MeitY Advisory notification :

The Ministry of Electronics and Information Technology issued an advisory notification governing the intermediaries to follow the IT rules in prevention of circulating deepfakes.

The advisory notification mentions that the users needs to be specifically mentioned about the type of content which is prohibited under the IT rules. The communication should be in precise language and must be easily interpreted. The ministry also advised to set up regular reminders to the users on the prohibited content, for example during every login or while registering as a new account in the interface[4].

The users must be informed about the penal provisions attracted to the violation of Rule 3(1)(b) of the IT rules. The penal laws attracting Rule 3(1)(b) are the IPC and the IT Act. It specifies that in the terms and conditions of the application, the intermediaries must clearly highlight that intermediaries/platforms are under obligation to report legal violations to the law enforcement agencies under the relevant Indian laws applicable to the context[5].

 The advisory also emphasised on the Rule 3(1)(b)(v) which states that :

Any content which :

“deceives or misleads the addressee about the origin of the message or knowingly and intentionally communicates any misinformation or information which is patently false and untrue or misleading in nature” shall be removed by the intermediary as a part of their duty.

Furthermore, it added that It is the responsibility of platforms to make reasonable measures to stop users from hosting, displaying, uploading, altering, publishing, sending, storing, updating, or distributing any content that is forbidden on digital intermediaries or information connected to any of the 11 mentioned user harms[6].

Does AI and deepfake need separate legislation :

The IT Act and IT rules no doubt provide an extensive scope for covering AI and deepfake violations. However, the regulations are ex-post regulations. It means that the scope for preventing these issues beforehand is not covered by the Act. The Act and the Rules only provide for the remedy after the damage has been done.

Innovations and new technological advancements is not the drawback of AI and deepfakes, it is the misuse of such which is causing a huge gap between privacy and technological advancement. The mechanism of “cure after damage” should be changed.

It is advised that the technological framework should be of ex-ante regulation which follows the mechanism of preventing a wrong to happen.

It was also stated that the MEITY has no legal enforcement and therefore the big companies and intermediaries are not legally binding to follow the advice [7].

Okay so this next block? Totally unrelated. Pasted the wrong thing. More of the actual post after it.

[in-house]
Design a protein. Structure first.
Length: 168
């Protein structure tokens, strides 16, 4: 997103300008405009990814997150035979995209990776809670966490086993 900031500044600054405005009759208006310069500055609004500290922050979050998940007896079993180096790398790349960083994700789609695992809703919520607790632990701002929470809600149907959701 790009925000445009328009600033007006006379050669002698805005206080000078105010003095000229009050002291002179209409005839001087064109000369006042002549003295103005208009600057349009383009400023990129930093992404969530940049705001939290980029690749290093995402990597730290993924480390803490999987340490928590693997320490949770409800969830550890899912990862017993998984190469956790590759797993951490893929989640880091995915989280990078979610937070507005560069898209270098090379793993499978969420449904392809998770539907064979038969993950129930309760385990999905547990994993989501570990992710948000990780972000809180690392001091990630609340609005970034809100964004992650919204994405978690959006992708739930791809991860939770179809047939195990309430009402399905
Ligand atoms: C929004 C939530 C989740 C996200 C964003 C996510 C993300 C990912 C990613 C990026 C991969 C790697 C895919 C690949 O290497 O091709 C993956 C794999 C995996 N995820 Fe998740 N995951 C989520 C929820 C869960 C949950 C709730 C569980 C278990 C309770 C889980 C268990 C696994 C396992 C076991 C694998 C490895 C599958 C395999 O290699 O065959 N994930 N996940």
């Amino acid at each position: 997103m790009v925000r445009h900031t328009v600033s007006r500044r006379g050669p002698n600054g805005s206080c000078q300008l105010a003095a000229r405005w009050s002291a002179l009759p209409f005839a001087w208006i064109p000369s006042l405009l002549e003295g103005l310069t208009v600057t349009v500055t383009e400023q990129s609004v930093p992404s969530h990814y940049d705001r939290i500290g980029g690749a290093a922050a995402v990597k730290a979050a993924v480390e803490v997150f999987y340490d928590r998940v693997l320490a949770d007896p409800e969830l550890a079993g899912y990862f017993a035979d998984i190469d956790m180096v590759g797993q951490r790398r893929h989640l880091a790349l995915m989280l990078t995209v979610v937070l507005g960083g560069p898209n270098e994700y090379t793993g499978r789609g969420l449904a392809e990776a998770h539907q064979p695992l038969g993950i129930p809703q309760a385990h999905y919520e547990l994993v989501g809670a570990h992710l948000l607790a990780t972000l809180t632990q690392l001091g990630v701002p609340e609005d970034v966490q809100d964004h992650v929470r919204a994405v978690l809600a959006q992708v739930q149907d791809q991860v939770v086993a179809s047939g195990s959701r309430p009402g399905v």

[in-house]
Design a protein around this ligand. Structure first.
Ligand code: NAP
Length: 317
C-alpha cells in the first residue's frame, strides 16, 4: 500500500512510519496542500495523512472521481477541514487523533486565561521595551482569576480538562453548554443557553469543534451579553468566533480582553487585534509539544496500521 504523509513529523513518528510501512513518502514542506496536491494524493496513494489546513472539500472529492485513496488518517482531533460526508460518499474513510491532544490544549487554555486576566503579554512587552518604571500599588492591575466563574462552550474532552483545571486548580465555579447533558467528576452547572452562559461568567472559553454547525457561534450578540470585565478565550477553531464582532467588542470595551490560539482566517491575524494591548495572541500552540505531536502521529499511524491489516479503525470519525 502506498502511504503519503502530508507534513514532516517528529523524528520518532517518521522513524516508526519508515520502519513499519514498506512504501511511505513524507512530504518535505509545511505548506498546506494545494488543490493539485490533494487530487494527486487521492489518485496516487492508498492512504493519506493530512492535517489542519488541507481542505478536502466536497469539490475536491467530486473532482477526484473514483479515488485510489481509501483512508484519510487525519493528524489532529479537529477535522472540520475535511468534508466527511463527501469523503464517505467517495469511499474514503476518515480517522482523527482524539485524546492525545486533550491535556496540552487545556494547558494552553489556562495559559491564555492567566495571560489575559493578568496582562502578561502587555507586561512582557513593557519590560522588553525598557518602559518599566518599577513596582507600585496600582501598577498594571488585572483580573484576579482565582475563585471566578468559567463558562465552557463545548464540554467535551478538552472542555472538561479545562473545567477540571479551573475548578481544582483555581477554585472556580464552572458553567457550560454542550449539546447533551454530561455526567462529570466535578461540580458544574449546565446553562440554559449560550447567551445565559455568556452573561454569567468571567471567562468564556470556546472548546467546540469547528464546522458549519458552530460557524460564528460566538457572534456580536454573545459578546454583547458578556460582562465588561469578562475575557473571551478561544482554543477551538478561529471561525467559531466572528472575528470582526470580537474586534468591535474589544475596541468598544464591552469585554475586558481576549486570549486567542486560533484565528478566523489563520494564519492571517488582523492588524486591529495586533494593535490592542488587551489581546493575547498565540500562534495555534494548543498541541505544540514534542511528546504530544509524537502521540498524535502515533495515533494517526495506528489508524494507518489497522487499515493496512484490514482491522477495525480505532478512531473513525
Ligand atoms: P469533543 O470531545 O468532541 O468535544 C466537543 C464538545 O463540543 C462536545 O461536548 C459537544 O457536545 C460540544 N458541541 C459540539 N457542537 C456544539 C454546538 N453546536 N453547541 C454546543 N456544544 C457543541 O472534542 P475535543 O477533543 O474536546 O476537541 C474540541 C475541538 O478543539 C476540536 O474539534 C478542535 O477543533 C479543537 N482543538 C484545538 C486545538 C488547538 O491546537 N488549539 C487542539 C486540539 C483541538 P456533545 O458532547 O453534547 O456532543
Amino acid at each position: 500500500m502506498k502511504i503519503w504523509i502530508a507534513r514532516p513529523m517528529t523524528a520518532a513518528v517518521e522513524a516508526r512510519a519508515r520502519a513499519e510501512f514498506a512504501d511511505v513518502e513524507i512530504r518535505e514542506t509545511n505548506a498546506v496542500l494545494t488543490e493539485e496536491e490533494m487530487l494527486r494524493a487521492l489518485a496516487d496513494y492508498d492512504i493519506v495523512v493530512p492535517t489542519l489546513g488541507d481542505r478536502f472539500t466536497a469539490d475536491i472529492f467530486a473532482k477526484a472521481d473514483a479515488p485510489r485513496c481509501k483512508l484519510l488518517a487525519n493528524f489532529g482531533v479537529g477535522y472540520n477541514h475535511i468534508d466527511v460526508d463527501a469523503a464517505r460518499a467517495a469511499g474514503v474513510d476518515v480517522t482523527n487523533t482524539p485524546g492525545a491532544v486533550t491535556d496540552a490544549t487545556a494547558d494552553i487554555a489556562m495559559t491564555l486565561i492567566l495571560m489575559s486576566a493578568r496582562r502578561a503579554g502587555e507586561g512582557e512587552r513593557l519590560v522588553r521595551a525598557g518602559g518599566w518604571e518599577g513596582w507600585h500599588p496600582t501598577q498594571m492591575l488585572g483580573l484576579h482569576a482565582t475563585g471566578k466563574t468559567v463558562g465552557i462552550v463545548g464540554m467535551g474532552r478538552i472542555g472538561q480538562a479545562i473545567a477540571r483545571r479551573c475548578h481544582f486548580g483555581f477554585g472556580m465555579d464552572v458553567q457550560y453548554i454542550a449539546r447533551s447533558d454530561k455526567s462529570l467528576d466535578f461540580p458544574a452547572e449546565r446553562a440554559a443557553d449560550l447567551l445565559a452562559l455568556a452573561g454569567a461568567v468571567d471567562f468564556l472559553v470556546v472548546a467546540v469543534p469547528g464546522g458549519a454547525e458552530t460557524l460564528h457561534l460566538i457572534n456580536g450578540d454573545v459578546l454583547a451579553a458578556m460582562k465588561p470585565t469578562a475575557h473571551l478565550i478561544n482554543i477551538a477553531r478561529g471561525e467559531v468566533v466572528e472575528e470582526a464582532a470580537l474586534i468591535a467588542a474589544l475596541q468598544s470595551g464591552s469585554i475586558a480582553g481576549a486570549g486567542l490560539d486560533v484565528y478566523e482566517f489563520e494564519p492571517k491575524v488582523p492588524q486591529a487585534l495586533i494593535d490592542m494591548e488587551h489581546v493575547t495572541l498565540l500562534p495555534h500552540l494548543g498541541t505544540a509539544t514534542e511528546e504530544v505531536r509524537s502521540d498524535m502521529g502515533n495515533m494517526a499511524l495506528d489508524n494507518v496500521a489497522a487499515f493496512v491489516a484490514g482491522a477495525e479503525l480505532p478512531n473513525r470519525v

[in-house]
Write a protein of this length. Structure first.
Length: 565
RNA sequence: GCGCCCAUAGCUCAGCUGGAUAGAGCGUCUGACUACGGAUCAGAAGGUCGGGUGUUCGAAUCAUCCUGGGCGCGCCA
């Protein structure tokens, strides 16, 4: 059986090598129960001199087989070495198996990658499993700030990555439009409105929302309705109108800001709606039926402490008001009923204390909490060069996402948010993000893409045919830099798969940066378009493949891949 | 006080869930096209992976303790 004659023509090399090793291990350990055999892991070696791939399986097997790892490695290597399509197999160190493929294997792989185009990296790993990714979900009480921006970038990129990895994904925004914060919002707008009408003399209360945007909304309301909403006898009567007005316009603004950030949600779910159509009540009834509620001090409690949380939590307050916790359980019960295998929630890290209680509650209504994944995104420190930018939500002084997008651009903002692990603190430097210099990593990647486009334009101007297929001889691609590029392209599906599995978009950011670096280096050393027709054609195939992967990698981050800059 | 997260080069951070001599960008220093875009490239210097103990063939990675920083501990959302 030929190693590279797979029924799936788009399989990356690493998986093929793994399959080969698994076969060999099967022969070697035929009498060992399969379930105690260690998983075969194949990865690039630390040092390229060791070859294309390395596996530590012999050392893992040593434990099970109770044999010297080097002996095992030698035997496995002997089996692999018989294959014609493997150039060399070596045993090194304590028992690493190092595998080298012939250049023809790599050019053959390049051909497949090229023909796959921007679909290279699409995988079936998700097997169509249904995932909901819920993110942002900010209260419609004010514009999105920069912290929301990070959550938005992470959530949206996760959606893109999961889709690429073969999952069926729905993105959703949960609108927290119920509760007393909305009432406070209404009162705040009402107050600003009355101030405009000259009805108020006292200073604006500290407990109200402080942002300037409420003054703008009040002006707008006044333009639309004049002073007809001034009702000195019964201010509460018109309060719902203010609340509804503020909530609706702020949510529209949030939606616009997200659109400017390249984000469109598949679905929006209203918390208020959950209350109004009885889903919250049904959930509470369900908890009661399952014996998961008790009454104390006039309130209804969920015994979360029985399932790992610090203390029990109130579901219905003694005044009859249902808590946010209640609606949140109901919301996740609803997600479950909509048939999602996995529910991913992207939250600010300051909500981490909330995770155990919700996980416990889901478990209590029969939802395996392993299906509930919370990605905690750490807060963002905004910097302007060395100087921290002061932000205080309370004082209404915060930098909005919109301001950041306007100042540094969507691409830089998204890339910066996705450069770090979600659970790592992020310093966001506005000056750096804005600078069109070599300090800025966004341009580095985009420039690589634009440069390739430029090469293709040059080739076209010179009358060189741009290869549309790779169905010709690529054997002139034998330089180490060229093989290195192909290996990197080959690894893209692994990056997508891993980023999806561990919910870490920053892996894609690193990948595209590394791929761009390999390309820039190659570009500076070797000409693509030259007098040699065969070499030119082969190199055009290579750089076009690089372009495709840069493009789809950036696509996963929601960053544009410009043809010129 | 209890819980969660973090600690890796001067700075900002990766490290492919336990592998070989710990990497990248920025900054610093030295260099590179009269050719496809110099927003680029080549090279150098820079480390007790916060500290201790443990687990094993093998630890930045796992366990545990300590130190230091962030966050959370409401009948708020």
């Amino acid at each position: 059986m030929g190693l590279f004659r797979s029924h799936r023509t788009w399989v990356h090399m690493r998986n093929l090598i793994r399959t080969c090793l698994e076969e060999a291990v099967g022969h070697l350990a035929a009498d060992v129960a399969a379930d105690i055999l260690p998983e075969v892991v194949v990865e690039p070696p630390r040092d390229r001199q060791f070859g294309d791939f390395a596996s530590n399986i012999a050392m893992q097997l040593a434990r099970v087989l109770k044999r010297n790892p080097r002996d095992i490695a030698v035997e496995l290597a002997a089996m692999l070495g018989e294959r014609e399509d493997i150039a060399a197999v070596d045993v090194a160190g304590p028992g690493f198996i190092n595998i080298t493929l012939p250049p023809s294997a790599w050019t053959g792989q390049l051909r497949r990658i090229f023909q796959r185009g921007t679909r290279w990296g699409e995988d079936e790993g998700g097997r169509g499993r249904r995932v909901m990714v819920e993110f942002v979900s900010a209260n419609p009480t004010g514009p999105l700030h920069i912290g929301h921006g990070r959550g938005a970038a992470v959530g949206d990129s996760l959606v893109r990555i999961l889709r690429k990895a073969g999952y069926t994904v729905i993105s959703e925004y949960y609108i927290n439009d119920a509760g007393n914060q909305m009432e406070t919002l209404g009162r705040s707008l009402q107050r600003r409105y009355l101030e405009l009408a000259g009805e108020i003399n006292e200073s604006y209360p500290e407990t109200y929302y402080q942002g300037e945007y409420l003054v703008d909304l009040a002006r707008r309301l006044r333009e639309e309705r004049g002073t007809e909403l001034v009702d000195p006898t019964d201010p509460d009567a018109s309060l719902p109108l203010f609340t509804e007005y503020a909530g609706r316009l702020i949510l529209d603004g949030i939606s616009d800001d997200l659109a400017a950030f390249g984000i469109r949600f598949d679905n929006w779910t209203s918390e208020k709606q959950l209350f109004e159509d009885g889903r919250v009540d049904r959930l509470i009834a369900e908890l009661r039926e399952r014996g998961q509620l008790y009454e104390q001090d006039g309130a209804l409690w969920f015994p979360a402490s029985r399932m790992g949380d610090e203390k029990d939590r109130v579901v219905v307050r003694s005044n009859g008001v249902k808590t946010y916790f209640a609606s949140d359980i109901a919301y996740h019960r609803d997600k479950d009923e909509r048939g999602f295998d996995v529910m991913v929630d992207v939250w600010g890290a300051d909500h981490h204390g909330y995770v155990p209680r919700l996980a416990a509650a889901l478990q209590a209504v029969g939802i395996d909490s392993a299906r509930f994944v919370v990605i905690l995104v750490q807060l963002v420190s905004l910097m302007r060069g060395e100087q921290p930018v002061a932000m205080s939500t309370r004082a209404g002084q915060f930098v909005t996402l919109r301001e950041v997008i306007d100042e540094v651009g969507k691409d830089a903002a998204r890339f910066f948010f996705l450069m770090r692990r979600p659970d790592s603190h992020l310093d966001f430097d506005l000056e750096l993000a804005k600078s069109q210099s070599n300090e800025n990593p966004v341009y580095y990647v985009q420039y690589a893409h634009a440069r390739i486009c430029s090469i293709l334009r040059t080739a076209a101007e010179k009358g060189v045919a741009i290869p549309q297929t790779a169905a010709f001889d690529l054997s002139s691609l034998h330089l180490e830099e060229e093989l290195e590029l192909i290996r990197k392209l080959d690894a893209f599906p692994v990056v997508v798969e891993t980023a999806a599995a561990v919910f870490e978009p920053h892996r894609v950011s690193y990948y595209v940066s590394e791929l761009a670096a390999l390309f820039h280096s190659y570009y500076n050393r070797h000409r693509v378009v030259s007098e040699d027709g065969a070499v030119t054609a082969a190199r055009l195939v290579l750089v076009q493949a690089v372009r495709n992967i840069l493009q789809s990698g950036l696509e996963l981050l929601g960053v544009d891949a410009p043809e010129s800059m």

Conclusion :

Things are not what they seem. Especially with the developing technology, it is hard to identify the origin of a particular media format. It is essential for a country like India which has a huge number of internet users to have specific legislation which extends the scope of regulating artificial intelligence and deepfakes.

It is important to recognize the need for artificial intelligence in the existing work culture of the country, however, it should not be done at the expense of violation of one’s right to privacy which is protected under the Constitution along with the new DPDP Act, 2023

“PRIME LEGAL is a full-service law firm that has won a National Award and has more than 20 years of experience in an array of sectors and practice areas. Prime legal fall into a category of best law firm, best lawyer, best family lawyer, best divorce lawyer, best divorce law firm, best criminal lawyer, best criminal law firm, best consumer lawyer, best civil lawyer.”

Written by- Sanjana Ravichandran

[1] Abha Shah and Nitika Nagar, The deepfake Dilemma : Navigating truth and deception in Today’s digital era, MONDAQ (Dec 14, 2023) https://www.mondaq.com/india/new-technology/1401876/the-deepfake-dilemma-navigating-truth-and-deception-in-todays-digital-era#:~:text=Deepfake%20technology%20refers%20to%20a,of%20deep%20learning%20and%20fake.

[2] The information Technology Act, 2000 (Act. No 21 of 2000)

[3] The Information Technology (Intermediary Guidelines and Digital Media Ethics Code) Rules, 2021, G.S,R. 139(E), published in the Gazette of India.

[4] Deep Fake issue : IT ministry tells social media platforms to comply with rules or face action, MINT (Dec 26,2023) https://www.livemint.com/technology/tech-news/govt-ministry-deepfake-advisory-content-not-permitted-it-rules-must-be-clearly-communicated-to-users-11703598291391.html

[5]PIB Delhi  MeitY issues advisory to all intermediaries to comply with existing IT rules, PIB

( 26 DEC 2023 6:34PM) https://pib.gov.in/PressReleaseIframePage.aspx?PRID=1990542#:~:text=The%20directive%20specifically%20targets%20the,clearly%20and%20precisely%20to%20users.

[6] India: MeitY set to introduce regulations on deepfakes, ONE TRUST DATAGUIDANCE (Nov 23, 2023) https://www.dataguidance.com/news/india-meity-set-introduce-regulations-deepfakes

[7] Aaratrika Bhaumik, Regulating deepfakes and generative AI in India | Explained, THE HINDU (Dec 4, 2023) https://www.thehindu.com/news/national/regulating-deepfakes-generative-ai-in-india-explained/article67591640.ece